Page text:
The NCSL Blog

08

By Erik Skinner

The worlds of oral health and primary care increasingly converge.

child in dentist's chairBoth disciplines refer to the “oral health physician,” describing an oral health provider who also administers basic primary care screening and counseling to patients.

 Economic research frames the “primary care gap,” or the difference between primary care providers and patients in need of health services, as a supply and demand issue that dentists can address.

Oral health providers can address primary care shortages, to the extent their licenses allow, by providing screening, counseling and referrals to patients that struggle to access primary care.

Below are state examples that incorporate these ideas into laws addressing the ability of oral health providers to provide primary care or oral care in primary care settings.

Some states manage and finance oral health services in their Medicaid programs. In 2019, the New Hampshire General Court enacted HB 692, which extends dental coverage to the adult population in Medicaid. The law also includes options for traditional capitated managed care, an administrative services organization, an accountable care organization and a primary care case management model—all of which would allow for financing oral health services like primary care services.

One of the first states to include oral health in the financing of primary care, Oregon aimed to improve access and quality by integrating oral health into the traditional medical system. Oregon enacted HB 3650 in 2011 and created a new payment and delivery structure in its Medicaid program called a coordinated care organization (CCO). In the following years, CCOs and accountable care organizations (ACOs) in Iowa, Minnesota and Ohio started to incorporate dental services, along with physical and behavioral health, as covered services in their beneficiaries’ primary care plans.

Several states address oral health and primary care through incentives to attract providers to oral health and primary care shortage areas. All 50 states and Washington, D.C., have state or federal options for a dental loan forgiveness program. While state programs vary, eligible dentists can participate in the U.S. Public Health Service, the Faculty Loan Repayment Program and the Public Service Loan Forgiveness Program.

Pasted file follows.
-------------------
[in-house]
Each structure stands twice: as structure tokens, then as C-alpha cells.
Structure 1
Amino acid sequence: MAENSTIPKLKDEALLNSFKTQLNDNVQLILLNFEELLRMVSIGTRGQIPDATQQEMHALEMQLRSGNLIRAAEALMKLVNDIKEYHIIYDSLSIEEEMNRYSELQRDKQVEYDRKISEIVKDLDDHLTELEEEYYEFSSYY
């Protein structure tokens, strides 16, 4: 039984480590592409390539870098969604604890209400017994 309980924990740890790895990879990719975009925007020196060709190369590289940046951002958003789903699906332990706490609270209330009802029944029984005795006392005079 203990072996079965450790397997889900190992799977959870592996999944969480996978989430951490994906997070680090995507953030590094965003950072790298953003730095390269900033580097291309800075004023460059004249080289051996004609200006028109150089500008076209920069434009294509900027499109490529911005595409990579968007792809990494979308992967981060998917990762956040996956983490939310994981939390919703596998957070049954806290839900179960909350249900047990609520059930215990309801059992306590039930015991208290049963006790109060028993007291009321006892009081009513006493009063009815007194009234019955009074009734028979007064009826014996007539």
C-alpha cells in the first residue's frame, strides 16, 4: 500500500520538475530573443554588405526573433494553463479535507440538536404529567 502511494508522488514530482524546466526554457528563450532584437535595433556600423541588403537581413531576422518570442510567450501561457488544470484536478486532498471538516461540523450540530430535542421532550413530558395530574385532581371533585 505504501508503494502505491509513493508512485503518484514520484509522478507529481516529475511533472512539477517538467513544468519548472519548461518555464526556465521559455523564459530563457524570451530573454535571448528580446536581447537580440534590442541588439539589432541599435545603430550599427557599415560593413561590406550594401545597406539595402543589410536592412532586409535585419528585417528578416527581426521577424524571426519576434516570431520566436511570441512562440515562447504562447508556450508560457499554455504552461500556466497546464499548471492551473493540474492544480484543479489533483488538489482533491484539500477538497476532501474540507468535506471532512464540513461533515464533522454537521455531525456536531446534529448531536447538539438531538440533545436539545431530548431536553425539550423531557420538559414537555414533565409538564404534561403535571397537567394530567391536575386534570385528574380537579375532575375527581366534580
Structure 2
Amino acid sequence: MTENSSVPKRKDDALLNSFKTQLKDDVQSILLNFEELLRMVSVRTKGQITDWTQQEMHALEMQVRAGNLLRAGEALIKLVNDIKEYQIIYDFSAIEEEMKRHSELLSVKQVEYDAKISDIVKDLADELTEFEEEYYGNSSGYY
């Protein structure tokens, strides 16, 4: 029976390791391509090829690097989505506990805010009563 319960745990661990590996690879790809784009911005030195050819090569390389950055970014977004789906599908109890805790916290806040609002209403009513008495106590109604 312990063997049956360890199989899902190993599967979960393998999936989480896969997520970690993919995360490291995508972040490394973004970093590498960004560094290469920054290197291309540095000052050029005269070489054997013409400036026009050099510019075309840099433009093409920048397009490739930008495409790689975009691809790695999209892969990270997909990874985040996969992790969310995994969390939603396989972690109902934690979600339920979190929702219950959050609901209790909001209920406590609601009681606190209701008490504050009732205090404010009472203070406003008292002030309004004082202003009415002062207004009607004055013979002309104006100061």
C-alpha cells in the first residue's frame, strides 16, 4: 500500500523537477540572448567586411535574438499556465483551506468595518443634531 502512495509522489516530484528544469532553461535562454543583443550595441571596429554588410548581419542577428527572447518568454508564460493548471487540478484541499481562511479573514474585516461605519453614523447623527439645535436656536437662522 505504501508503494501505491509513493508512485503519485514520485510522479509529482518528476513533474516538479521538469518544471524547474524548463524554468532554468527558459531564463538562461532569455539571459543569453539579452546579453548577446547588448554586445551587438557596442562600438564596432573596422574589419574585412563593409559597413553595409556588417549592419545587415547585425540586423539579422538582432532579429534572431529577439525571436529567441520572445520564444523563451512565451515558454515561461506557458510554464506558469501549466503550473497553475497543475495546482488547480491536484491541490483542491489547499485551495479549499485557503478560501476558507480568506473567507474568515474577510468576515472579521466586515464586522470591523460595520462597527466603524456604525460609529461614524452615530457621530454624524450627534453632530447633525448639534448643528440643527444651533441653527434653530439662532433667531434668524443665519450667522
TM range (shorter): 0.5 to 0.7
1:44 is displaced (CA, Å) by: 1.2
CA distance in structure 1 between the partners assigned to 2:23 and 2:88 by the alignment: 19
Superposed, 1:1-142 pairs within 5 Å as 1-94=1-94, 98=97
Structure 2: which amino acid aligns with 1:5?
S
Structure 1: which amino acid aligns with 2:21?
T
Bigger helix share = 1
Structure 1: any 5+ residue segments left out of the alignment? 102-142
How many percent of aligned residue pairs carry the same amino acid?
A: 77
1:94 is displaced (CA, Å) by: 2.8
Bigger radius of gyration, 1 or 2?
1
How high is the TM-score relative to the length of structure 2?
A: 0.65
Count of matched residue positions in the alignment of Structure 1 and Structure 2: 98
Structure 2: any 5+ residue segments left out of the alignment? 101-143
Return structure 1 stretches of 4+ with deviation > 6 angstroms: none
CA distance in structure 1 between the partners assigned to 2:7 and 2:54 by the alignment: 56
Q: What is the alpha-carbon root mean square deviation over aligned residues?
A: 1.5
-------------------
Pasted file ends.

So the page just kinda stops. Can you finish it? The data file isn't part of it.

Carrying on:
In 2018, the Maine legislature enacted SB 439 to extends the primary care access credit to eligible dentists practicing in underserved areas. The program classifies dentists as primary care providers and increases the number of total providers from five to 10 per year. In 2018, the Ohio legislature enacted SB 259.

The law calls on the deans of the Ohio State University College of Dentistry and the Case Western University School of Dentistry to jointly develop a proposal for the creation of a primary care dental student component of the Choose Ohio First scholarship program. This program requires recipients to work in a federally recognized dental health professional shortage area.

States can also look to federal programs and other organizations that are working on this issue. The Health Resources and Services Administration provides technical assistance to providers and systems looking to integrate oral health services into their practice. The National Network for Oral Health Access also provides integration resources to guide oral health and primary care policymakers and stakeholders. For more information, explore the resources from NCSL and other partners.

NCSL Resources

Additional Resources

Erik Skinner is a policy associate in NCSL's Health Program.

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About the NCSL Blog

This blog offers updates on the National Conference of State Legislatures' research and training, the latest on federalism and the state legislative institution, and posts about state legislators and legislative staff. The blog is edited by NCSL staff and written primarily by NCSL's experts on public policy and the state legislative institution.